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Journal of Aging Research
Volume 2013 (2013), Article ID 302163, 12 pages
http://dx.doi.org/10.1155/2013/302163
Research Article

The Use of Multiple Correspondence Analysis to Explore Associations between Categories of Qualitative Variables in Healthy Ageing

1Life and Health Sciences Research Institute (ICVS), School of Health Sciences, University of Minho, 4710-057 Braga, Portugal
2ICVS/3B’s, PT Government Associate Laboratory, Guimarães, 4710-057 Braga, Portugal
3Centro Hospital Alto Ave, EPE, 4810-055 Guimarães, Portugal

Received 30 June 2013; Revised 23 August 2013; Accepted 30 August 2013

Academic Editor: F. Richard Ferraro

Copyright © 2013 Patrício Soares Costa et al. This is an open access article distributed under the Creative Commons Attribution License, which permits unrestricted use, distribution, and reproduction in any medium, provided the original work is properly cited.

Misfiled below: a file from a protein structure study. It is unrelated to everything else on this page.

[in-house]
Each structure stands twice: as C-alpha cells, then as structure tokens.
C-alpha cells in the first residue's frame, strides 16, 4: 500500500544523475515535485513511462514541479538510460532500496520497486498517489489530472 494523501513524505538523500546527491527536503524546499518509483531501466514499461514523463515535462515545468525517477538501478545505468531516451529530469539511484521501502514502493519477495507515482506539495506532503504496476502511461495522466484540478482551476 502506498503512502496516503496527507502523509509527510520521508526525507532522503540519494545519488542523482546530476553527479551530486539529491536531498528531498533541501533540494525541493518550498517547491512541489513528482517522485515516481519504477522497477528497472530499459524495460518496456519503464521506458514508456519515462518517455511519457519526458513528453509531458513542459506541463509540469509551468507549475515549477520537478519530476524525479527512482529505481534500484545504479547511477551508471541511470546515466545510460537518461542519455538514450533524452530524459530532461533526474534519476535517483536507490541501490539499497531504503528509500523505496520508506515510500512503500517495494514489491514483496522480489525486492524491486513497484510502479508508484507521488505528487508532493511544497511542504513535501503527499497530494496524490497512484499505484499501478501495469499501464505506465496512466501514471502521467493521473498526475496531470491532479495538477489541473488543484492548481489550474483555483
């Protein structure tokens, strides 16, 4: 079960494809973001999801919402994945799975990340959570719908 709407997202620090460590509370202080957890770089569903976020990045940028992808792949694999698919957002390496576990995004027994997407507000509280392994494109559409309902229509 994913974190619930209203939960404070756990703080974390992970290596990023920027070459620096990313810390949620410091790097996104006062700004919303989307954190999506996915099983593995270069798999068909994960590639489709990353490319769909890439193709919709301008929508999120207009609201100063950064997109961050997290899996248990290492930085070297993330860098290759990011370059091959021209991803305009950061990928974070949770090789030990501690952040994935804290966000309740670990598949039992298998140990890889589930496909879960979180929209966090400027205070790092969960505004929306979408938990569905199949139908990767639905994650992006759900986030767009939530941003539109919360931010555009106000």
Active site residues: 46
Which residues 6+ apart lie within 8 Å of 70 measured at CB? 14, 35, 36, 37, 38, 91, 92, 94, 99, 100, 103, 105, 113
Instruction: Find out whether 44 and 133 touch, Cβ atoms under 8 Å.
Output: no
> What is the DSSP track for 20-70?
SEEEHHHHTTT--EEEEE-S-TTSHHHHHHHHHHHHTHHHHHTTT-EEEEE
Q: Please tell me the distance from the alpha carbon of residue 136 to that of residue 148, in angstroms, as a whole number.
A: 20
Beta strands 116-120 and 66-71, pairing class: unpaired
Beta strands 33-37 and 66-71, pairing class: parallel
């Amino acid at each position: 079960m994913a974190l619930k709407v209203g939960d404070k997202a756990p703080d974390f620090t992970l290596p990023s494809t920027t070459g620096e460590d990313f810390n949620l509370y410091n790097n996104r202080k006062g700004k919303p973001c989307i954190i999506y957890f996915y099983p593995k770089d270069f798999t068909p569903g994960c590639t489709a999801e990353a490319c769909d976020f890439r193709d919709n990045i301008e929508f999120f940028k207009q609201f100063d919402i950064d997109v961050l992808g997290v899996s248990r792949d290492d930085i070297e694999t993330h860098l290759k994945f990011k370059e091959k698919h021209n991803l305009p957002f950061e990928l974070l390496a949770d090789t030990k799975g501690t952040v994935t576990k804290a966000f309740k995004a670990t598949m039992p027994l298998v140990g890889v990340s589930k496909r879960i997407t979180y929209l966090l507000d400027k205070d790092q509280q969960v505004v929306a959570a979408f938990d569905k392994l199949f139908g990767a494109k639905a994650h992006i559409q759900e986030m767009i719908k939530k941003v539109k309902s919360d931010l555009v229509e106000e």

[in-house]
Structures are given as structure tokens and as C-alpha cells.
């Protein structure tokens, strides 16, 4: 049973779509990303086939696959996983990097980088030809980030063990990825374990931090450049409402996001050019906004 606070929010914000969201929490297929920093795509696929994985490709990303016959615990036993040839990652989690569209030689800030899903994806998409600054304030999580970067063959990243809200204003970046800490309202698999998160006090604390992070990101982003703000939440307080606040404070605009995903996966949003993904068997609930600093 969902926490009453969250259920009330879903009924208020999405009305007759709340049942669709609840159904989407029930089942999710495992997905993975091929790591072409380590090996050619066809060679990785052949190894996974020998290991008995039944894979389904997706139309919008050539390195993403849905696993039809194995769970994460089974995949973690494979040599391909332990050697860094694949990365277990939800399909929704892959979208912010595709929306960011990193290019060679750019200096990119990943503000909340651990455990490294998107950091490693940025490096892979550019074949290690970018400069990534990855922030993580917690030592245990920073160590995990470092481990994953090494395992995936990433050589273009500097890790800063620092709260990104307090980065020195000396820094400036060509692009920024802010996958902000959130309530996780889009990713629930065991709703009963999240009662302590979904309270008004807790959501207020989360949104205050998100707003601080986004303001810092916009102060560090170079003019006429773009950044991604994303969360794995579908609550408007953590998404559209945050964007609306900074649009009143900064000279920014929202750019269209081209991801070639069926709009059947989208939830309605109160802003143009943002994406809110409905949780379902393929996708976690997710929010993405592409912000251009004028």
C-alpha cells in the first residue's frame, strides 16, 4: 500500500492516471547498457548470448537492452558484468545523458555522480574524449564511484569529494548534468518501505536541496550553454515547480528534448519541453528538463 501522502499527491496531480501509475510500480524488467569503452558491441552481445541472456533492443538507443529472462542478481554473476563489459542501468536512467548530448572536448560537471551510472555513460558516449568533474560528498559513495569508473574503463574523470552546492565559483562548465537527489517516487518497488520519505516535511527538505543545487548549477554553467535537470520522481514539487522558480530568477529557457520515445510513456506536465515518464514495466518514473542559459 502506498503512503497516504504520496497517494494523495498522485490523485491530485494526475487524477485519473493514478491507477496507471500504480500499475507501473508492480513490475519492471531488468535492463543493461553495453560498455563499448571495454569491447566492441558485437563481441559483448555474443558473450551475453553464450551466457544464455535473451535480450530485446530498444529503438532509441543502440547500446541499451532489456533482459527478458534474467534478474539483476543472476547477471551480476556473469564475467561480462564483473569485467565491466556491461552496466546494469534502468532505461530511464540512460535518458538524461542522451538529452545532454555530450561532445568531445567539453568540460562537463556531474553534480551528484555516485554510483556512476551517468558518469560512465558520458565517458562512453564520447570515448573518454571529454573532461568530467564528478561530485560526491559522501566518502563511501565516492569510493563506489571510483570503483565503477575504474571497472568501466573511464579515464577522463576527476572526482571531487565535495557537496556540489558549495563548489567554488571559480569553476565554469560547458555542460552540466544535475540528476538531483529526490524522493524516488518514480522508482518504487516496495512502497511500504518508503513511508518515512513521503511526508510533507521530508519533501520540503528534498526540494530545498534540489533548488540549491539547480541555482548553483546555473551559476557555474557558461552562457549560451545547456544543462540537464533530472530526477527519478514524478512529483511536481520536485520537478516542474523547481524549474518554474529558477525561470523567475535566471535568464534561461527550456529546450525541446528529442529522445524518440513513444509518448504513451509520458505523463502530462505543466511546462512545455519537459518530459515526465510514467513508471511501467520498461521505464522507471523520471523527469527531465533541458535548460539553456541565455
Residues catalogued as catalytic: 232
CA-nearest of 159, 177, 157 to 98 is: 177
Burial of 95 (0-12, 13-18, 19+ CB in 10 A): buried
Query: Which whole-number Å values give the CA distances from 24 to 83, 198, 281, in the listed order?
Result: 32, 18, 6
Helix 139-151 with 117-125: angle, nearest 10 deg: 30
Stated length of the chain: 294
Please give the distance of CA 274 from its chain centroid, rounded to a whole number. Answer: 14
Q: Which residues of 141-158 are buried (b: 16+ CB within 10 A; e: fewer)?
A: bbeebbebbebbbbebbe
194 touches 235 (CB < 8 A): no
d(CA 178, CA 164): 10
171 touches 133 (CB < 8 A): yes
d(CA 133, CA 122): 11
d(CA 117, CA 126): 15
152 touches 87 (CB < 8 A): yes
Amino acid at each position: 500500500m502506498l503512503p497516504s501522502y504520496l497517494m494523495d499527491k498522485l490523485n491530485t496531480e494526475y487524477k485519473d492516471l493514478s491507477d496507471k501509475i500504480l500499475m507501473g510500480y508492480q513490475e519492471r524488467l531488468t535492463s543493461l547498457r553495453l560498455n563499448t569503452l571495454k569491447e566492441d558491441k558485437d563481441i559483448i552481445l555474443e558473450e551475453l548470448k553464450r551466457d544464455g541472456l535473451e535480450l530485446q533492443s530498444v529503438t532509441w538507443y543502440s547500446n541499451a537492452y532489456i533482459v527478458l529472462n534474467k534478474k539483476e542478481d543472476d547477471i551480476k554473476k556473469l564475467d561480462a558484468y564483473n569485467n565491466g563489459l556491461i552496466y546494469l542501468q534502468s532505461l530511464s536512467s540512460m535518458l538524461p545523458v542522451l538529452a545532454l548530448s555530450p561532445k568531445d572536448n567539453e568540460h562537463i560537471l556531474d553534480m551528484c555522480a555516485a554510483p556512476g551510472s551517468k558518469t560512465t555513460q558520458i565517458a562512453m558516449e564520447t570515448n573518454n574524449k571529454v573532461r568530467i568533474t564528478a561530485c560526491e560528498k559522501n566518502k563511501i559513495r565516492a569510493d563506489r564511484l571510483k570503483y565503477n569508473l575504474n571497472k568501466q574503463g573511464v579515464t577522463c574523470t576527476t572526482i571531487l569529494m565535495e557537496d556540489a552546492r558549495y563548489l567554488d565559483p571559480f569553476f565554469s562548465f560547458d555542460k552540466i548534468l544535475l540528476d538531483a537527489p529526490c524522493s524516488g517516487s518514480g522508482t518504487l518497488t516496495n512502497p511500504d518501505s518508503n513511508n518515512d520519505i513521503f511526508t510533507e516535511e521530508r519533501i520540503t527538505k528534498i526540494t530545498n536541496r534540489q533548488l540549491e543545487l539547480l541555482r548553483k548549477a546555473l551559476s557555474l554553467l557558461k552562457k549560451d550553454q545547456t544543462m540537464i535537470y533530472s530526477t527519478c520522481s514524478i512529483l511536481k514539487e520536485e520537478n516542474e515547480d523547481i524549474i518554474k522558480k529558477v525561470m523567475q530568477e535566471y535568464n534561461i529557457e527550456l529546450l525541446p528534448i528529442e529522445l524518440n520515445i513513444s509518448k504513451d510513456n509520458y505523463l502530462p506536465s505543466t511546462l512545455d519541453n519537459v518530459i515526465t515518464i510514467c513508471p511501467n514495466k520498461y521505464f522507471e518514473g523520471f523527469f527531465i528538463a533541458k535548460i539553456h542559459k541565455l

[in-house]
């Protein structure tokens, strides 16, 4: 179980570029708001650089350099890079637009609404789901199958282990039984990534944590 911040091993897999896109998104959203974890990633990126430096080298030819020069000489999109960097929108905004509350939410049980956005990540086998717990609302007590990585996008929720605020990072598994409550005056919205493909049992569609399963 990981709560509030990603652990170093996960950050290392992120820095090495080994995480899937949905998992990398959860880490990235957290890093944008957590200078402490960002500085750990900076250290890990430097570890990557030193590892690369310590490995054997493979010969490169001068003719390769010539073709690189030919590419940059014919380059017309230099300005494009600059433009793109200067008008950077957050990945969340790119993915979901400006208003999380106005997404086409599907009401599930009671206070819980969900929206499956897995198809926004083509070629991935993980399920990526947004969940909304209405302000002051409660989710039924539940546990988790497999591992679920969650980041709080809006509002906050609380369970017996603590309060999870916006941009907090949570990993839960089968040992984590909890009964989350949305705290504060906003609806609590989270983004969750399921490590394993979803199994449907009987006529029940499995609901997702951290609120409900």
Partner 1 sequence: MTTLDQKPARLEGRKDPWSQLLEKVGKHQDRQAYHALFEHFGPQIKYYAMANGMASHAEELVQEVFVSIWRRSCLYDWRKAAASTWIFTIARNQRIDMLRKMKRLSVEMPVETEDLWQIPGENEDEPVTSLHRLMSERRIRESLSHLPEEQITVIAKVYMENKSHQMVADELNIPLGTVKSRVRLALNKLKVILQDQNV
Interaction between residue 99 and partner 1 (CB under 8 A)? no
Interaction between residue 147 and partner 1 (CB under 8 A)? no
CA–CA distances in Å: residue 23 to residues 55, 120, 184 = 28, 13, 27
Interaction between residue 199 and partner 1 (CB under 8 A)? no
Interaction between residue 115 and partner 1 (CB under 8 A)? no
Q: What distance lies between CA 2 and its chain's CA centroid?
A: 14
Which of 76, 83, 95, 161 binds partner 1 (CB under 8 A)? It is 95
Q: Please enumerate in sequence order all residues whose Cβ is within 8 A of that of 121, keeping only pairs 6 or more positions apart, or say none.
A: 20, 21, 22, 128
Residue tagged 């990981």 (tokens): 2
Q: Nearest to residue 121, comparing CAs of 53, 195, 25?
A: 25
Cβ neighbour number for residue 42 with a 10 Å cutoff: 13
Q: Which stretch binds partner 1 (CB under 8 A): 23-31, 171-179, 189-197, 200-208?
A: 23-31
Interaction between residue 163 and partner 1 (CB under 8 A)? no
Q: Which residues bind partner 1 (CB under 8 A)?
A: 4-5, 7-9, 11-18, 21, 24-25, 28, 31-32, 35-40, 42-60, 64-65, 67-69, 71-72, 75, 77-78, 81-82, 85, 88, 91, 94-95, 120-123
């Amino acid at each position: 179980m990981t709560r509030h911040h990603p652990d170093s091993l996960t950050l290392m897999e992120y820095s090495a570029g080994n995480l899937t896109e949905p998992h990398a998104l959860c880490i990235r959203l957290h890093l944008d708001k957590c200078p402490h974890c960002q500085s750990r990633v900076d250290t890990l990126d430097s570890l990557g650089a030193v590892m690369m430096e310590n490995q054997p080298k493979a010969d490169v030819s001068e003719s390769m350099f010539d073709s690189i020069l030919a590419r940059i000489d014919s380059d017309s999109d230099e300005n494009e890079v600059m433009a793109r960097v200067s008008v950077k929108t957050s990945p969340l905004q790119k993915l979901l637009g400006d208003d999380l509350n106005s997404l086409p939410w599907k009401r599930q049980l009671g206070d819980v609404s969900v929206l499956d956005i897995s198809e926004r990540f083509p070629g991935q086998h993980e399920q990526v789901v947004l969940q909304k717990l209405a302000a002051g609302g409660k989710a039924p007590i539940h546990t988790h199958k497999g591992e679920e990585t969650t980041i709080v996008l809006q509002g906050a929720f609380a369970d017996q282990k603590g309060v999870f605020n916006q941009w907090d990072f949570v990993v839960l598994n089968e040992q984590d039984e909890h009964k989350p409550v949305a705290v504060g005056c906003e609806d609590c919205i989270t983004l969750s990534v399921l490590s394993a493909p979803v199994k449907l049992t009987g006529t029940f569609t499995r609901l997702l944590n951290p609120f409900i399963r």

Abstract

The main focus of this study was to illustrate the applicability of multiple correspondence analysis (MCA) in detecting and representing underlying structures in large datasets used to investigate cognitive ageing. Principal component analysis (PCA) was used to obtain main cognitive dimensions, and MCA was used to detect and explore relationships between cognitive, clinical, physical, and lifestyle variables. Two PCA dimensions were identified (general cognition/executive function and memory), and two MCA dimensions were retained. Poorer cognitive performance was associated with older age, less school years, unhealthier lifestyle indicators, and presence of pathology. The first MCA dimension indicated the clustering of general/executive function and lifestyle indicators and education, while the second association was between memory and clinical parameters and age. The clustering analysis with object scores method was used to identify groups sharing similar characteristics. The weaker cognitive clusters in terms of memory and executive function comprised individuals with characteristics contributing to a higher MCA dimensional mean score (age, less education, and presence of indicators of unhealthier lifestyle habits and/or clinical pathologies). MCA provided a powerful tool to explore complex ageing data, covering multiple and diverse variables, showing if a relationship exists and how variables are related, and offering statistical results that can be seen both analytically and visually.